Impairment Verification Monitoring in Eleven Texas Waterbodies: Step 1 for the Development of Successful and Cost Effective TMDLs
Abstract:Rigorous validation of use impairments on 303(d) listed waterbodies is essential to the development of successful, cost effective TMDLs. Intensive water quality monitoring throughout the entire watershed is necessary to collect more complete data sets to verify the existence and extent of water quality concerns identified on the 303(d) list of impaired waterbodies. Such monitoring will: 1) Ensure that the impairment is not the result of a transient condition and 2) Determine the geographic extent of the impairment. This will allow for the prioritization of water quality concerns in planning TMDL projects.
This study represents the first two years of a TMDL program sponsored project to address eleven aquatic life and four recreational use impairments in eleven waterbodies throughout the south central portion of Texas. These waterbodies were identified as impaired on the State's 1999 303(d) list. The objective of the initial phase of this project was to collect additional data to verify identified 303(d) listings and examine the spatial extent of the impairment. Chemical, physical and biological data were collected at thirty-two stations throughout the eleven watersheds over a two year period. Data collection activities in these waterbodies would result in one of four outcomes: 1) Removal from the 303(d) List, 2) An evaluation of applicable water quality standards (aquatic life use impairments only) 3) TMDL or 4) Additional monitoring to better characterize the impairment. Based upon 24-hour dissolved oxygen and biological data, five of the eleven waterbodies originally identified as having aquatic life use impairments were found to be attaining designated aquatic life uses. TMDLs are currently being planned to address aquatic life uses in another four of the waterbodies, and the remaining two waterbodies will need additional data collection. Based on the bacteriological data collected on the four waterbodies designated as impaired for contact recreation, three waterbodies will require a TMDL and additional data collection was necessary for the remaining stream.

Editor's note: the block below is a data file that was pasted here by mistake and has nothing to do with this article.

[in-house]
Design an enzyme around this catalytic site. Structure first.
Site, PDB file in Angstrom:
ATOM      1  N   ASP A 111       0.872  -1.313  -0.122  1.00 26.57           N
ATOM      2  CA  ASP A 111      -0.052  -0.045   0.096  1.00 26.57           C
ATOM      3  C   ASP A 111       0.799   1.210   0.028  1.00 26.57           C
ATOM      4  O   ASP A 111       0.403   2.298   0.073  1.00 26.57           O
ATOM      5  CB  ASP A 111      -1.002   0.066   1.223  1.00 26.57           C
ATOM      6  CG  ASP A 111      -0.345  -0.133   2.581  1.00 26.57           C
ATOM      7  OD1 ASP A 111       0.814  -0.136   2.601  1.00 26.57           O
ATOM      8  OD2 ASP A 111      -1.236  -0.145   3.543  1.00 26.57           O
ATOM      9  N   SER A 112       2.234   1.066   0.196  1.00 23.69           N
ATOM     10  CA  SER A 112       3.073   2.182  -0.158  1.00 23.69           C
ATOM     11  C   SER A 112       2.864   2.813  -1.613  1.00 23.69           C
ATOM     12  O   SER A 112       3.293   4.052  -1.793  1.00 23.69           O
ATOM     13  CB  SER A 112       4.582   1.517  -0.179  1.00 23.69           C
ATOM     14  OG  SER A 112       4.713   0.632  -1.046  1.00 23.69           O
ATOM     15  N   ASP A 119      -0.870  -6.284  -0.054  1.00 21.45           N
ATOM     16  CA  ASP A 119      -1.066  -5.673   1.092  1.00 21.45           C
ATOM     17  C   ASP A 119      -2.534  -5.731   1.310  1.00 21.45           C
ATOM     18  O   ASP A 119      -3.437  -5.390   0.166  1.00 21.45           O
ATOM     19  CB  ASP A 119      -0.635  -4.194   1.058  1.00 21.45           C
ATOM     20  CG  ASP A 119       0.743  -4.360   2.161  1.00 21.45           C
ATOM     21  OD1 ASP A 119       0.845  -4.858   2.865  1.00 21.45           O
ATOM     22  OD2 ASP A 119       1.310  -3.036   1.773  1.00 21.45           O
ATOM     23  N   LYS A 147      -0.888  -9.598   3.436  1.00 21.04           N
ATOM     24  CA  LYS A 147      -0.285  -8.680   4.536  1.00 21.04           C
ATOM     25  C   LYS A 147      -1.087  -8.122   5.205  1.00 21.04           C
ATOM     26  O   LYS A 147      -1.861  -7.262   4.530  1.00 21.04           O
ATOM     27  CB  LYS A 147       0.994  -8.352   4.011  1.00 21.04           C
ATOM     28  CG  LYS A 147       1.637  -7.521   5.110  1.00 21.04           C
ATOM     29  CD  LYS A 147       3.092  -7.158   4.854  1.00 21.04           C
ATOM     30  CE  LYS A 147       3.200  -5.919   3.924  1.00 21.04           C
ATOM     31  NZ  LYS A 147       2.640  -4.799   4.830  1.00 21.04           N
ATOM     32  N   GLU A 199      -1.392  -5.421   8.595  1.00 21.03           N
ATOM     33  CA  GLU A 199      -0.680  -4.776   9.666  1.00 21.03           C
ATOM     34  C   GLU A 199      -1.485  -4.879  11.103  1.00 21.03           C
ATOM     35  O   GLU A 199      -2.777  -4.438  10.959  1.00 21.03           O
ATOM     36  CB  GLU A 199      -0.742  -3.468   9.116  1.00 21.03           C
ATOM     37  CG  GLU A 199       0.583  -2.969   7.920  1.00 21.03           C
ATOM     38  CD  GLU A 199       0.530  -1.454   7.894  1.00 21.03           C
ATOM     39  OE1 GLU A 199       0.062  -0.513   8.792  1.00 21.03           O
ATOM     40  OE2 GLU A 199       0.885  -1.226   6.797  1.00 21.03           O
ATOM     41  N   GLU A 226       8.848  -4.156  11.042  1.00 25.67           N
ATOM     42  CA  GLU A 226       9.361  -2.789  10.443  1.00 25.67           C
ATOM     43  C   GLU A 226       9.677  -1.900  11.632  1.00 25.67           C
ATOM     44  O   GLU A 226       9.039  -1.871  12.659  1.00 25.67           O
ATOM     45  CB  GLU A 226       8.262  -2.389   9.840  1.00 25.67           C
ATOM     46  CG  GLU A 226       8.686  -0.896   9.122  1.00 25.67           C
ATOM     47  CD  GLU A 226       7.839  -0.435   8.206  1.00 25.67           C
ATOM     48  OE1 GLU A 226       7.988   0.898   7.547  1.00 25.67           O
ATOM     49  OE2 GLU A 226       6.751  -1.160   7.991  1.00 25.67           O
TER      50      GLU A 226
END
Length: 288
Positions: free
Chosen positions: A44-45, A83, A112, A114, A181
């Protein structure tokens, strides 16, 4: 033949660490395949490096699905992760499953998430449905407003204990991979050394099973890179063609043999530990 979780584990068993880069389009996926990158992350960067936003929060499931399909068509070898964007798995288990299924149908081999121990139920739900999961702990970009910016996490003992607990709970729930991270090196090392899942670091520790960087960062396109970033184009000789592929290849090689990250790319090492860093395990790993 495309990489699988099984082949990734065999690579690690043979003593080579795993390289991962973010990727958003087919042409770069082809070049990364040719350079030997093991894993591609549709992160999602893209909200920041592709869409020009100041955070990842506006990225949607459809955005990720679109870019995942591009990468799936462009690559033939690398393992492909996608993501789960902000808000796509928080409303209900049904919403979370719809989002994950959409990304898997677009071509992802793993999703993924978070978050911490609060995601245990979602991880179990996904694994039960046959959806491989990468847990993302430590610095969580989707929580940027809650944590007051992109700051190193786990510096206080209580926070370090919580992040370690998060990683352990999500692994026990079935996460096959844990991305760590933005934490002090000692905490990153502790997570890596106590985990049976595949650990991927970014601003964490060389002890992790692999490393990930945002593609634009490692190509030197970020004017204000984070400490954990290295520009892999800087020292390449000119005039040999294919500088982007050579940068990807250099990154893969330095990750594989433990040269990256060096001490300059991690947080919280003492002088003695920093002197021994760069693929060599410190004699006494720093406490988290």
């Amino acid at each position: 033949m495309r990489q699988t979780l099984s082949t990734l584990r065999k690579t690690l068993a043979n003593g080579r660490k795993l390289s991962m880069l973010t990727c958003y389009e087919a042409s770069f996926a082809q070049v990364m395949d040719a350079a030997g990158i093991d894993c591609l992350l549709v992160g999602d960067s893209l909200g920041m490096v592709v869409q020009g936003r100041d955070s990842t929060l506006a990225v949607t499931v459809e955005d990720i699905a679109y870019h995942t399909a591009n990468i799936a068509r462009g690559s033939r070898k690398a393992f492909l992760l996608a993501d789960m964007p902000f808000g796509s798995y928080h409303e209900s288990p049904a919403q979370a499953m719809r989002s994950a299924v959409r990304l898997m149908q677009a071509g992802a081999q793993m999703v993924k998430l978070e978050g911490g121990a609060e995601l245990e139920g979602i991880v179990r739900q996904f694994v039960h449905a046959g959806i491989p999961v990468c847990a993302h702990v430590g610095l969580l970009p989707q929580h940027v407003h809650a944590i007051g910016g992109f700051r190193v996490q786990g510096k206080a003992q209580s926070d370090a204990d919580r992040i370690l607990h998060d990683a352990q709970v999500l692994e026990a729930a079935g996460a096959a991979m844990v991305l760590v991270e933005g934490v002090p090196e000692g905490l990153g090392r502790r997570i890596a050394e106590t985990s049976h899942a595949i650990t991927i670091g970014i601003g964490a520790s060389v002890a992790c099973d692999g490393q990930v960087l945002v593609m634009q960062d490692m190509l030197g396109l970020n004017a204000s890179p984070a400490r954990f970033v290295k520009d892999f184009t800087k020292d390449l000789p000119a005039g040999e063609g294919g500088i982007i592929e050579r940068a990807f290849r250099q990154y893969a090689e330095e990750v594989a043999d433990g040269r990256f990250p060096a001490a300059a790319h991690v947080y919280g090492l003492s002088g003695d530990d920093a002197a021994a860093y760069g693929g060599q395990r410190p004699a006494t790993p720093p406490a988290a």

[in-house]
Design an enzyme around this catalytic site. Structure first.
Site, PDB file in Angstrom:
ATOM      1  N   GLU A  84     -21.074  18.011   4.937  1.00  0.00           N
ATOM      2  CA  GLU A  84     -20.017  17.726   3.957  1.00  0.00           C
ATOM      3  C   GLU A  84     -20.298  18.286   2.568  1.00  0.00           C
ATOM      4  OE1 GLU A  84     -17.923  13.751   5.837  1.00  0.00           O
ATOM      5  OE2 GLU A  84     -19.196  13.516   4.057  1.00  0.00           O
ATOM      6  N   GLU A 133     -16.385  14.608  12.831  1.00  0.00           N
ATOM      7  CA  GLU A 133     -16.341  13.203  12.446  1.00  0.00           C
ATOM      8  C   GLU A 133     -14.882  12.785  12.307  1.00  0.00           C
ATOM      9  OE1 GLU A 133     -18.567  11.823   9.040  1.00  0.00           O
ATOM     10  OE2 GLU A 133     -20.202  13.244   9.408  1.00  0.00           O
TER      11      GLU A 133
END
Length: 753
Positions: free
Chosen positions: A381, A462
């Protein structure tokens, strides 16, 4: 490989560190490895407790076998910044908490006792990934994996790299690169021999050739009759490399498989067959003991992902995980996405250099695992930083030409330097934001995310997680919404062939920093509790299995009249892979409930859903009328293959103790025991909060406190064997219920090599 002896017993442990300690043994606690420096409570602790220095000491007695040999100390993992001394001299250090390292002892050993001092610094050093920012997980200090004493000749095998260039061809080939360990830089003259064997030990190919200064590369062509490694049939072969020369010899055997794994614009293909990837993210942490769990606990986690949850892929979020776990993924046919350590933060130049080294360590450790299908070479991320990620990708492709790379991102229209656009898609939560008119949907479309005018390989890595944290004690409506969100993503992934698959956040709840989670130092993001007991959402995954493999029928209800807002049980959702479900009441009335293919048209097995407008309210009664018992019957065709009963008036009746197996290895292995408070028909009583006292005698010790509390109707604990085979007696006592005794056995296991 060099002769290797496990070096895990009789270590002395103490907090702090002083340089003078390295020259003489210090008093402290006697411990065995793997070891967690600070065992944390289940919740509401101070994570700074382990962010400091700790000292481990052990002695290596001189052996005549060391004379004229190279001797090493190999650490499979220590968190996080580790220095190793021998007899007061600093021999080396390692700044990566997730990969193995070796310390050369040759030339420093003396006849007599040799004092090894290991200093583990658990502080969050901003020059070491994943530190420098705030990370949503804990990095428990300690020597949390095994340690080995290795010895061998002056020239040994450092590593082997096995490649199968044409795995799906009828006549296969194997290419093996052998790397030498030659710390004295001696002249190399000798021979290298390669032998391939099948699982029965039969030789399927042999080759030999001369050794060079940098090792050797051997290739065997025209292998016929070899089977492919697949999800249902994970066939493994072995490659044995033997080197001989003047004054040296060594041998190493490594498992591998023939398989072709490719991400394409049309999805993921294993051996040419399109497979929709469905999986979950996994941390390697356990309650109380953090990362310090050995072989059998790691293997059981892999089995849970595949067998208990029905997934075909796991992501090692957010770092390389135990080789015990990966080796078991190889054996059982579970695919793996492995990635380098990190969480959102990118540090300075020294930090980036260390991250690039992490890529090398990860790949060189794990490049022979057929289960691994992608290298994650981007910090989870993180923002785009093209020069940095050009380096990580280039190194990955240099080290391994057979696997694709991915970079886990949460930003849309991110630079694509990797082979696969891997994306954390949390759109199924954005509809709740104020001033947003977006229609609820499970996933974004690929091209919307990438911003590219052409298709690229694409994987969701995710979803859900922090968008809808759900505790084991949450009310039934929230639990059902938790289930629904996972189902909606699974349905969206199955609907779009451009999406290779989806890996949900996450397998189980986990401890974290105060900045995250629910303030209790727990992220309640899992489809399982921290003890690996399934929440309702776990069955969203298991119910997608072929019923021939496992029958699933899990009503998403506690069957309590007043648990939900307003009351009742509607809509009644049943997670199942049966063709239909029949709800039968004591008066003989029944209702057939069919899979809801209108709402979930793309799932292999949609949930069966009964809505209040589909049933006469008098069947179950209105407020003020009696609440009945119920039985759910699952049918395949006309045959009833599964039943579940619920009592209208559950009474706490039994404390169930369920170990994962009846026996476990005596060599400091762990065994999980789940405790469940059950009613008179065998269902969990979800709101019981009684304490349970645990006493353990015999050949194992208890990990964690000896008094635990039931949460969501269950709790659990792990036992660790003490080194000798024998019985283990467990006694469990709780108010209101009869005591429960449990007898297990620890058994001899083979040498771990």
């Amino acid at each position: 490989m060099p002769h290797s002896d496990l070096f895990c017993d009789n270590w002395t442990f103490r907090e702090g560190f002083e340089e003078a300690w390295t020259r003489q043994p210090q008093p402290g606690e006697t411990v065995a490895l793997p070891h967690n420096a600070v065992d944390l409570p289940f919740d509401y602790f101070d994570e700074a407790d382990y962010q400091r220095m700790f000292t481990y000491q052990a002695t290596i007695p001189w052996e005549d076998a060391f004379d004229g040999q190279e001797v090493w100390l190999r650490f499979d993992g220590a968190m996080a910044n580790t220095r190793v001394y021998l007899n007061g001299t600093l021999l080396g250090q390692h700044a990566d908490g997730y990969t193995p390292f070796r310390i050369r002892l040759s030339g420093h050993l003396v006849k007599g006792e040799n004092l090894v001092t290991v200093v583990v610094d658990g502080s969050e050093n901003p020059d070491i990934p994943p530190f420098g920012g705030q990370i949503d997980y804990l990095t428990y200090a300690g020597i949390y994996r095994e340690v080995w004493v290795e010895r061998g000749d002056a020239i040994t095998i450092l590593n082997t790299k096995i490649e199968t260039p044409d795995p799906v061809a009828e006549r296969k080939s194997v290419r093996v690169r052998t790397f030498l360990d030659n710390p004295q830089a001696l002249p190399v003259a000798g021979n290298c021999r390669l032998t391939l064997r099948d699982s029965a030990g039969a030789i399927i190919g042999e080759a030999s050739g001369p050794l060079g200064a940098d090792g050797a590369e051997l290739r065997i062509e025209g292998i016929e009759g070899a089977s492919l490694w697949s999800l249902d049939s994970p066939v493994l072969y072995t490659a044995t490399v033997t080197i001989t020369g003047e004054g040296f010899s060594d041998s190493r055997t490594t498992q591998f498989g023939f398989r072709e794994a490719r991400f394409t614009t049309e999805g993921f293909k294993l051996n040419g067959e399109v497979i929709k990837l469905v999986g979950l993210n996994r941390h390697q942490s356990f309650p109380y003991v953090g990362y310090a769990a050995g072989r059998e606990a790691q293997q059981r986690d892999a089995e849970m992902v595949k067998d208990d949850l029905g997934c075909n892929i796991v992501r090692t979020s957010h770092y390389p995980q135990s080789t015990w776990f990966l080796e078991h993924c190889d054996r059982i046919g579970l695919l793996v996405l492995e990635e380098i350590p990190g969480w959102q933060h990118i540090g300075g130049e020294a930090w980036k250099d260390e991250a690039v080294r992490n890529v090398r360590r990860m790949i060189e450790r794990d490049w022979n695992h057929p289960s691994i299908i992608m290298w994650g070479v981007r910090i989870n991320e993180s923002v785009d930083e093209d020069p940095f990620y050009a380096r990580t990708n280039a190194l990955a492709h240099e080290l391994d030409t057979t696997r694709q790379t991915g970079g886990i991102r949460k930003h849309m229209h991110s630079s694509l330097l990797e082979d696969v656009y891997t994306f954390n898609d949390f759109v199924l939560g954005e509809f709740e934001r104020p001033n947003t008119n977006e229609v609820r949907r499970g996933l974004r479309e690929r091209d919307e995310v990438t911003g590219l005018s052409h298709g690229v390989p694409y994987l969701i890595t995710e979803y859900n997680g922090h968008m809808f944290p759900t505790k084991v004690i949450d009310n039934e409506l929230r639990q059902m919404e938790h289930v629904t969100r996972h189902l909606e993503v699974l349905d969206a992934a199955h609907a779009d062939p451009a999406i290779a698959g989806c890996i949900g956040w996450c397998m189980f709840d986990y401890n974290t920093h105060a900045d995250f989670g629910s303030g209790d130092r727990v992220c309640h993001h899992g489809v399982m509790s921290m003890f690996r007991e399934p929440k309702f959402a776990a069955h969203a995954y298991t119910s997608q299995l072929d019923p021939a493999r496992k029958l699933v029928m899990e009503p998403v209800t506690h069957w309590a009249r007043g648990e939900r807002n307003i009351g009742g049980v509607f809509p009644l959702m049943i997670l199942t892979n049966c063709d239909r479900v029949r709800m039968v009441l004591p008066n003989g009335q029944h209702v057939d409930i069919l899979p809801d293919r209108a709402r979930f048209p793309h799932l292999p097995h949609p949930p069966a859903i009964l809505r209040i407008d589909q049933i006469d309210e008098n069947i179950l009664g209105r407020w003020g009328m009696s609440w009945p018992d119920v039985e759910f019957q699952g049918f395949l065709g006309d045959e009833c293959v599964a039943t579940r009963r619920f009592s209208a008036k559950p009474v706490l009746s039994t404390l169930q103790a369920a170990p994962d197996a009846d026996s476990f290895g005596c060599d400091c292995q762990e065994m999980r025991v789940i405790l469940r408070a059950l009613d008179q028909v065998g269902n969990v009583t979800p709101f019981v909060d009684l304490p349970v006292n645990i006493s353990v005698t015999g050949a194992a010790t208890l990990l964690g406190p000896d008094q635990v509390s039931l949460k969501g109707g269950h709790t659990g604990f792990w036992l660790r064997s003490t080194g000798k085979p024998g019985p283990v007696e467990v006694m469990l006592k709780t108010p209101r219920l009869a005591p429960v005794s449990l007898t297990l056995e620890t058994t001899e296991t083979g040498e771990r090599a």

This intensive monitoring has provided vital information which has allowed the TMDL program to focus on TMDL development for truly impaired waterbodies. This effort has also prevented the expenditure of additional TMDL funds on waterbodies that would be delisted or subject to a water quality standards revision at a future date. Resources can now be effectively allocated to TMDL development for seven use impairments (as opposed to 15 use impairments) with the confidence that the problem will best be addressed through a TMDL.
Document Type: Research Article
Publication date: January 1, 2004
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